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For Sale: one cosy recycled bird box

BensbirdboxesWhen Wallace and Gromit declared their love for Wensleydale, the crumbly cheese's makers struggled to keep up with demand. Today's news that UK house prices are massively overvalued - like we needed the OECD to tell us that - could do the same for Ben Dickens. He makes incredibly beautiful bird boxes from recycled estate agent signs and is likely to have a glut of For Sale signs coming his way, not to mention human buyers looking for small, cheap homes. The hessian-lined boxes come with screws and a mounting bracket; all you need is £17 and some elbow grease to fit  the thing. Come next spring, you'll be able to engage in bird banter to best Bill 'Springwatch' Oddie. bensbirdboxes.com [found via The Observer]

November 30, 2005 in Design & furniture, Plants & gardens, Recycling | Permalink | Comments (0) | TrackBack

Brum gets Fairtrade blessing

BrumThis isn't something you can buy, unless you're Roman Abromavich and have a few paltry billion burning a hole in your pocket. Instead, it's news to warm your cockles - Birmingham yesterday joined cities such as Brighton & Hove and Aberdeen by earning the sobriquet of Fairtrade City. According to the council's website, that means at least 100 local shops sell Fairtrade stuff, a minimum of 50 Brum cafes flog Fairtrade food and drinks and all tea and coffee at the council is Fairtrade. It's roit bosta news, innit? Check out the full list of Fairtrade towns, cities and boroughs for ethical brews on your 2006 UK summer holidays. [Brum Bullring photo by supermoving]

November 29, 2005 in Announcements, Transport & travel | Permalink | Comments (0) | TrackBack

Buy a Kalashnikov, save the world

Pg3_tank_3 I don't usually recommend guns as ethical gifts. Call me old-fashioned, but it's not often they qualify. This morning, however, I heartily recommend you buy a kalashnikov, a rocket launcher, a small armoured vehicle or - best of all - a tank with a bendy canon like the one pictured. I'm not recommending you get the tank so you can drive it around town like Chris Eubank in his Aston. Instead, your £25 gun or your £1k tank will be used by Sierra Leone blacksmiths and metal workers to make everything from farm tools such as sickles and pick-axes to school bells. Which is very cool for the people of Sierra in addition to being a tidy symbol about making war into peace. Get yours from Good Gifts.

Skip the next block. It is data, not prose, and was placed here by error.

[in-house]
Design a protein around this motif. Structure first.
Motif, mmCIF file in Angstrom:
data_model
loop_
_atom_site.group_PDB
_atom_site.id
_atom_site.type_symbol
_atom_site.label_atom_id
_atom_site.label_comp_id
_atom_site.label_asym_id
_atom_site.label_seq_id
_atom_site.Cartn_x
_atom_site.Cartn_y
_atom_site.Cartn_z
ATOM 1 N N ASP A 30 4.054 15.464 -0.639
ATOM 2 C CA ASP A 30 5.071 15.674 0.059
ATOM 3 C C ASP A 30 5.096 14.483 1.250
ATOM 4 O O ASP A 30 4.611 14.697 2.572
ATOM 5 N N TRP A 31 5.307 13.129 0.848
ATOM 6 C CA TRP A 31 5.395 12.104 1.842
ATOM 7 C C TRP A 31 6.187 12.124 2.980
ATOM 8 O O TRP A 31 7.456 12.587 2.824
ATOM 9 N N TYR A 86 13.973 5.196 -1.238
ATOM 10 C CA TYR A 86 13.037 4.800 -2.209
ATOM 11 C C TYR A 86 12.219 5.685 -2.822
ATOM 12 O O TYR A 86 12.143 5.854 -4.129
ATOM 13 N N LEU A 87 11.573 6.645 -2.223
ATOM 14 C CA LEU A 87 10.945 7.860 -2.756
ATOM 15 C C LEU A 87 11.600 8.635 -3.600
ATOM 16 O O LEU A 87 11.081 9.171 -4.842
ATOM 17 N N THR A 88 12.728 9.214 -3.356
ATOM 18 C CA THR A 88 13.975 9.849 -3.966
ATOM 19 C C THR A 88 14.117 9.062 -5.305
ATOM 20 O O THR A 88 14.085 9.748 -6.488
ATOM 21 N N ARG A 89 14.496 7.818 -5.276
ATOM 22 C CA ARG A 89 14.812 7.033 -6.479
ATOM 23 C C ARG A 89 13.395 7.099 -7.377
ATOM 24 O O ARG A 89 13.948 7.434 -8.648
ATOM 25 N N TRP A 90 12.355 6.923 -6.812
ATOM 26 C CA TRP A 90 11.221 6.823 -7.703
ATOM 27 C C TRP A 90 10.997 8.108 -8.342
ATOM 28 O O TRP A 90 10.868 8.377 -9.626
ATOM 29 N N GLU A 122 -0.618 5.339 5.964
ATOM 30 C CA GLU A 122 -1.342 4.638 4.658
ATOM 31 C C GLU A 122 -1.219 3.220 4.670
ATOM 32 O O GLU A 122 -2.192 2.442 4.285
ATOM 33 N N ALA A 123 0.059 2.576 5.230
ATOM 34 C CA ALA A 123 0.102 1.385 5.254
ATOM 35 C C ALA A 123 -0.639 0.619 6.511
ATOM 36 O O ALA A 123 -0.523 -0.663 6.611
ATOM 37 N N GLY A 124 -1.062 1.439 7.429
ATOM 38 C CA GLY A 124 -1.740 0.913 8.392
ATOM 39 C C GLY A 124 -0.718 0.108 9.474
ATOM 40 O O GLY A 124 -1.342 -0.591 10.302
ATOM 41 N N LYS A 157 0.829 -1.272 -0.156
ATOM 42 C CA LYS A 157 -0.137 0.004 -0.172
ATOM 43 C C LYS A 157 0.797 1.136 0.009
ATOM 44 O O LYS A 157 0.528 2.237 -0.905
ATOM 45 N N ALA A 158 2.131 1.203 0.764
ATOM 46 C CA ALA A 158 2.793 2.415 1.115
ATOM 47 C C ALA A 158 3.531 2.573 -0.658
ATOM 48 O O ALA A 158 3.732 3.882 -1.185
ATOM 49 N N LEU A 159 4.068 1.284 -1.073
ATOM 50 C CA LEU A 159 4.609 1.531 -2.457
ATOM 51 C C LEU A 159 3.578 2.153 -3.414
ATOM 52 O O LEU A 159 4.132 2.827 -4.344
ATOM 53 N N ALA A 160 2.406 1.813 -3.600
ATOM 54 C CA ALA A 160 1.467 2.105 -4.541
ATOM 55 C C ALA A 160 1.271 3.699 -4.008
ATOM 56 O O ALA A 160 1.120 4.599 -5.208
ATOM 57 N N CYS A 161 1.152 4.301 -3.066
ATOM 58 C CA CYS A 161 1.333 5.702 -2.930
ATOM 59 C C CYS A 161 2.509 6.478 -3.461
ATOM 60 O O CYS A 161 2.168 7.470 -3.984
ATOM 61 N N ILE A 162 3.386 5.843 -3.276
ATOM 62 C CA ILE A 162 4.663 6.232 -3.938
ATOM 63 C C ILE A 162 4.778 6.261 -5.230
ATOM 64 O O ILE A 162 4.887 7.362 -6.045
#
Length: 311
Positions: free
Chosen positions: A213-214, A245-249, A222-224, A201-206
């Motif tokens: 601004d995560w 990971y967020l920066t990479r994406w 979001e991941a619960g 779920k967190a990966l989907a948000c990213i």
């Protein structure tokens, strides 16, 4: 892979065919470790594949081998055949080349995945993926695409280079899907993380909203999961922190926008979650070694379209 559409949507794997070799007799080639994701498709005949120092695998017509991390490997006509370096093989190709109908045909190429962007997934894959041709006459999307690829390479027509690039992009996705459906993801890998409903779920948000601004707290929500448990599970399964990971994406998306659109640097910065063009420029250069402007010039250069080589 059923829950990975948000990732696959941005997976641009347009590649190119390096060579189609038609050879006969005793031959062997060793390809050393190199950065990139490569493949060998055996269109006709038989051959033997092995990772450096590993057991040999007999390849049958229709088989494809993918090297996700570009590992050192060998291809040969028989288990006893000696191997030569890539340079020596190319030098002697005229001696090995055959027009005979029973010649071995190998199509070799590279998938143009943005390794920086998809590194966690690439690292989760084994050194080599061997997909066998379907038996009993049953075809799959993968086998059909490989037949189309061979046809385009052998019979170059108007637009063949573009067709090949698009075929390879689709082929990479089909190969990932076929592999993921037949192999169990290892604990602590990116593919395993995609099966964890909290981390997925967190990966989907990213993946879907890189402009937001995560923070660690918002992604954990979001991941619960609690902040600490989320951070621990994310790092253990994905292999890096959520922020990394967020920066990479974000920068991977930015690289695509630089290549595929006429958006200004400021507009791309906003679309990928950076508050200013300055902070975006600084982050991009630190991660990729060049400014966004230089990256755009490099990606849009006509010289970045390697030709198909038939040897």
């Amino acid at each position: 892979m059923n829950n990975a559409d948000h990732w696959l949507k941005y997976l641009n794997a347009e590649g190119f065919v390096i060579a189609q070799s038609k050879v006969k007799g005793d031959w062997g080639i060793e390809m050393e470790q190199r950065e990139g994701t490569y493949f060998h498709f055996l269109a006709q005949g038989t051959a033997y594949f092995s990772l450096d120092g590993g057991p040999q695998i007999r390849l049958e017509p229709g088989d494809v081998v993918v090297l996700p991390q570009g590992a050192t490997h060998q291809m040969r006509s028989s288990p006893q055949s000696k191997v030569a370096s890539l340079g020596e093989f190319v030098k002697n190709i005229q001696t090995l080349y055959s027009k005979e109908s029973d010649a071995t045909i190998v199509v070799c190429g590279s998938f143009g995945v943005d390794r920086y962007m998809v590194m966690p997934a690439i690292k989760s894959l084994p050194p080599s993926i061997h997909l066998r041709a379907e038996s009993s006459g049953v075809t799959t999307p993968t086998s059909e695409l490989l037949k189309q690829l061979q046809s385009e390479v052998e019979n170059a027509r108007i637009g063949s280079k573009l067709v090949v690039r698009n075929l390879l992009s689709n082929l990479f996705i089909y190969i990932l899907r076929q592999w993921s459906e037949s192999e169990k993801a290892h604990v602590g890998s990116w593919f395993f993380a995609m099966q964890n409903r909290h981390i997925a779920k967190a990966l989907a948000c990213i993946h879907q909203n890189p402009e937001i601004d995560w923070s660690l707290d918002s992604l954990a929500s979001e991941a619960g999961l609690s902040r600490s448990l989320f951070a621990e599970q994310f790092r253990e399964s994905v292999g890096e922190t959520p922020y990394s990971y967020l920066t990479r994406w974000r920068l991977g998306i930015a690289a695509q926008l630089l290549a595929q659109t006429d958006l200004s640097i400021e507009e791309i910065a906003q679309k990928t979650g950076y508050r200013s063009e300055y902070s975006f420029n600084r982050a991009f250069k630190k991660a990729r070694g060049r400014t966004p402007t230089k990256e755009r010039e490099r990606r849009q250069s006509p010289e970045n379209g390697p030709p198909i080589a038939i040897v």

November 29, 2005 in Ethical & green gifts, Recycling | Permalink | Comments (0) | TrackBack

You Brita recycle that

BritarecyclecropI love Brita: it's always a good excuse for headlines with bad puns. I also love Brita because it's a green-minded German company and happily recycles the water filter catridges that the denizens of UK cities swear by. Apparently, in Germany one in four conscientious people return the catridges for reuse. It's a fair assumption most British ones end in the dump. So here's an early new year resolution for you: collect six of the filters instead and send them in a jiffy for free to Brita Recycling, FREEPOST NAT 17876, Bicester, OX26 4BR.

November 28, 2005 in Food & drink, Recycling | Permalink | Comments (2) | TrackBack

TRAID recycled fashion goes online

Traid_remade_bagReclaimed leather, 1950s' fabric panels, velcro fastenings... what more could you want from the first TRAID Remade bag to go on sale online? A leather belt made with a bird design featuring vintage fabric, you say? Funnily enough that's on there too. Regular Hippy readers will know TRAID from a while back - they take donated clothes and recycle them into new ones - but previously you had to live in London or Brighton to get hold of its range. For blokes, there are also some neat t-shirts in TRAID's new winter stock, although you can only buy them instore. The bag's £35 from Get Ethical. TRAID's store list is here.

Related stories:
Hemmingway's handsome TRAID eco bag
Bonkers paper rucksacks
Bags of recycled girlie style

November 28, 2005 in Fashion & accessories, Recycling | Permalink | Comments (0) | TrackBack